• No single word responses (at least 100+ words in each response) • Give examples • Cite resources • Give the questions some thought and answer honestly • Number your answers to correspond with the question • Worth 12 points / 5% 1. What is Palliative Care? Use and cite references. 2. What is Hospice Care? Use and cite references. 3. What is a death-denying society? Use and cite references. Give examples of how death-denying societies impact how people die.

1. Palliative care is a specialized approach to medical care that focuses on providing relief from the symptoms and suffering associated with a serious illness. The goal of palliative care is to improve the quality of life for individuals facing a life-threatening condition and to support their families. It is not limited to end-of-life care but can be provided at any stage of an illness. Palliative care aims to address not only physical symptoms but also emotional, psychological, and spiritual needs of patients.

Palliative care is provided by a team of healthcare professionals including doctors, nurses, social workers, and chaplains, who work collaboratively to ensure that patients receive holistic care. This approach emphasizes open communication, shared decision-making, and the coordination of care across different healthcare settings.

Palliative care has been recognized as an important component of comprehensive healthcare and is recommended by leading healthcare organizations, including the World Health Organization (WHO) and the American Society of Clinical Oncology (ASCO). Numerous studies have shown that palliative care can improve patient and family satisfaction, reduce hospital readmissions, and even prolong survival in some cases (Temel et al., 2010; Bruera et al., 2015).

– Bruera, E., Hui, D., Dalal, S., Torres-Vigil, I., Trumble, J., Roosth, J., … & Elsayem, A. (2015). Parenteral hydration in patients with advanced cancer: a multicenter, double-blind, placebo-controlled randomized trial. Journal of clinical oncology, 33(6), 563-568.
– Temel, J. S., Greer, J. A., Muzikansky, A., Gallagher, E. R., Admane, S., Jackson, V. A., … & Lynch, T. J. (2010). Early palliative care for patients with metastatic non-small-cell lung cancer. New England Journal of Medicine, 363(8), 733-742.

2. Hospice care, on the other hand, is a philosophy of care that focuses on providing comfort and support to individuals with terminal illnesses during their final months of life. The primary goal of hospice care is to help patients maintain dignity, maximize quality of life, and support a peaceful and pain-free death. Unlike palliative care, which can be provided alongside curative treatments, hospice care is generally offered when curative treatments are no longer effective or desired by the patient.

Hospice care is provided by a multidisciplinary team, similar to palliative care, consisting of doctors, nurses, social workers, chaplains, and other professionals. The team works closely with the patient, their family, and caregivers to create an individualized care plan that addresses physical, emotional, and spiritual needs.

Hospice care is typically provided in the patient’s home but can also be delivered in specialized hospice facilities, nursing homes, or hospitals. The services provided by hospice include pain and symptom management, emotional and psychosocial support, assistance with activities of daily living, spiritual counseling, and bereavement support for the patient’s family.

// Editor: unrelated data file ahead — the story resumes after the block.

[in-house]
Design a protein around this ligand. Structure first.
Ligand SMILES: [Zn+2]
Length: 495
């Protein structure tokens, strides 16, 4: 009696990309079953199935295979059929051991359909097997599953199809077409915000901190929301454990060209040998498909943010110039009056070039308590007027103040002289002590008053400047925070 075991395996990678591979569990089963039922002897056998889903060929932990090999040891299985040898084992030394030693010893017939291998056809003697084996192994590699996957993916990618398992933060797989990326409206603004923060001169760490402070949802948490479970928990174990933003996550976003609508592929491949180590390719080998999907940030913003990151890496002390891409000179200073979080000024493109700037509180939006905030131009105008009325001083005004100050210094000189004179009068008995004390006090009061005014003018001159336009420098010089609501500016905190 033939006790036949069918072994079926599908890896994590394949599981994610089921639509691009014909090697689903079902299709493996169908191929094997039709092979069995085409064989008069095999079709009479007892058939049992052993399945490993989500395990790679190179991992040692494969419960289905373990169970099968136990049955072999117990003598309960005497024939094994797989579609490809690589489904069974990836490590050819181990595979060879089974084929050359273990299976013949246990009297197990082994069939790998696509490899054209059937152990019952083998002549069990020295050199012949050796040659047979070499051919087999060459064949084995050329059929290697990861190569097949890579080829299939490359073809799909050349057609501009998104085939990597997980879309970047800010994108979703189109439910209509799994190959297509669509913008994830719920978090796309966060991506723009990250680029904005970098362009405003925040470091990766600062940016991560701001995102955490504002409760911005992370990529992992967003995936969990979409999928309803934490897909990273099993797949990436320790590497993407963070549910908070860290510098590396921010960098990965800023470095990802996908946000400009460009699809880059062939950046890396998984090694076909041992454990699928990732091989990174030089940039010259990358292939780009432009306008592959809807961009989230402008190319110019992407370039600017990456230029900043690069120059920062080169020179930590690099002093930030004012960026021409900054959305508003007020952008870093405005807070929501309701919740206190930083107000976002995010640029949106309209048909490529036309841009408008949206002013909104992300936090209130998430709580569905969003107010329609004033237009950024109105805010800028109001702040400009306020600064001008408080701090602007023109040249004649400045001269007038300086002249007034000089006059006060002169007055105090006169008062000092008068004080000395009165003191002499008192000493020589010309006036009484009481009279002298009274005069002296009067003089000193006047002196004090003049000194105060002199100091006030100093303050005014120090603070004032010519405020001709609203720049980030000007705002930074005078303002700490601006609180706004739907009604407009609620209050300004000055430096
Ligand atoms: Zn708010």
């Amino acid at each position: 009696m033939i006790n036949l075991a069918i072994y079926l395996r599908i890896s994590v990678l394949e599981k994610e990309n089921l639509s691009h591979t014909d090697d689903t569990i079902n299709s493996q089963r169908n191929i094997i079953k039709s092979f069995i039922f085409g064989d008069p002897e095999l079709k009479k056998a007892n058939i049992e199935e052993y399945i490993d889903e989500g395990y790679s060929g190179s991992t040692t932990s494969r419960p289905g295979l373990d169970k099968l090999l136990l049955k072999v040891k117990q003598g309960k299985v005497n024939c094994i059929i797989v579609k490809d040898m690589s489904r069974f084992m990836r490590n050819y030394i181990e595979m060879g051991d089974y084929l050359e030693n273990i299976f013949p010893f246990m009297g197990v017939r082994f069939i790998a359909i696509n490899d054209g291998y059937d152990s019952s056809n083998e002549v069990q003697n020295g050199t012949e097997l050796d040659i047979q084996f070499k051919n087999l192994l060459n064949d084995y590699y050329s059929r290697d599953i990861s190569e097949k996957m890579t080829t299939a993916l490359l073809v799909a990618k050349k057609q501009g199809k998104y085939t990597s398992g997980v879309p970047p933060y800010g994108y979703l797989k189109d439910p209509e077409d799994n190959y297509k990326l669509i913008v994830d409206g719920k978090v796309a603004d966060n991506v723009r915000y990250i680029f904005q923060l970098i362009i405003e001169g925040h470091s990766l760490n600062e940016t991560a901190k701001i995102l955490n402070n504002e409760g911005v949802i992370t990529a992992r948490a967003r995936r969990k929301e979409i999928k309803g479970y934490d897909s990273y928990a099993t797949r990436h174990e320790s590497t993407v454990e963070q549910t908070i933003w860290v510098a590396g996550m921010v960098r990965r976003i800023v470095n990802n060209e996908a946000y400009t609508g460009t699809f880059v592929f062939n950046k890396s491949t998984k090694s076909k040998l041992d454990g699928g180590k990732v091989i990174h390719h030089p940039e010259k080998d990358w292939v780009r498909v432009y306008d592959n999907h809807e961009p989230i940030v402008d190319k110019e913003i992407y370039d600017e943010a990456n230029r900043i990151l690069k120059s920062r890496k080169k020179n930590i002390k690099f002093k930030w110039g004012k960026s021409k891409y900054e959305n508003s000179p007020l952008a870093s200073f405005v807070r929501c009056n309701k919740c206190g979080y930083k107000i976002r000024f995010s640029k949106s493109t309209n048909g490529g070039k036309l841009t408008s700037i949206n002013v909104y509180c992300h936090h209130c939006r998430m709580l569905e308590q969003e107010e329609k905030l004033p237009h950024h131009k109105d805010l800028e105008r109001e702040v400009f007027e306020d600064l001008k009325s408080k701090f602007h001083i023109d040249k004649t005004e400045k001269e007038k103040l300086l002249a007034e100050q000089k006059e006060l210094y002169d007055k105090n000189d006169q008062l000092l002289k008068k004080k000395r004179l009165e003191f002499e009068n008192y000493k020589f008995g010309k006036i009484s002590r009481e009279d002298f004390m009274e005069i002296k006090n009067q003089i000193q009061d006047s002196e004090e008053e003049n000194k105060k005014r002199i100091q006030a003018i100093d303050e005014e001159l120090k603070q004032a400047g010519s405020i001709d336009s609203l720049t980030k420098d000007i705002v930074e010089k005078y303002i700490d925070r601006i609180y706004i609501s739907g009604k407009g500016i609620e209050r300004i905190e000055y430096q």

Numerous studies have shown that hospice care has positive outcomes for patients and their families. For example, a study by Connor et al. (2007) found that hospice care was associated with better pain management, improved satisfaction with care, and reduced healthcare costs compared to conventional care for patients with advanced cancer.

– Connor, S. R., Elwert, F., Spence, C., & Christakis, N. A. (2007). Racial disparity in hospice use in the United States in 2002. Palliative Medicine, 21(6), 450-457.

3. A death-denying society is a culture or society that avoids talking about or confronting the reality of death. In such societies, death is often viewed as a taboo subject, and there is a tendency to minimize or ignore its presence. This can lead to a collective denial of death and avoidance of end-of-life conversations and planning.

One example of a death-denying society is Western society, particularly in the United States, where death is often seen as a failure and medicalized treatment is prioritized over addressing the emotional and spiritual needs of dying individuals. This death-denying attitude can significantly impact how people die by depriving them of the opportunity to have meaningful conversations about their end-of-life preferences, leading to unnecessary suffering and interventions that may not align with their values and wishes.

In a death-denying society, the focus is often on prolonging life at all costs, even if it means compromising the quality of life. This can result in aggressive and futile medical treatments that may not benefit the patient but may cause physical and emotional distress. Additionally, the lack of open discussions about death can contribute to a lack of awareness and understanding of palliative care and hospice care options, which could have provided more appropriate and compassionate care.

– Kellehear, A. (2007). A social history of dying. Cambridge University Press.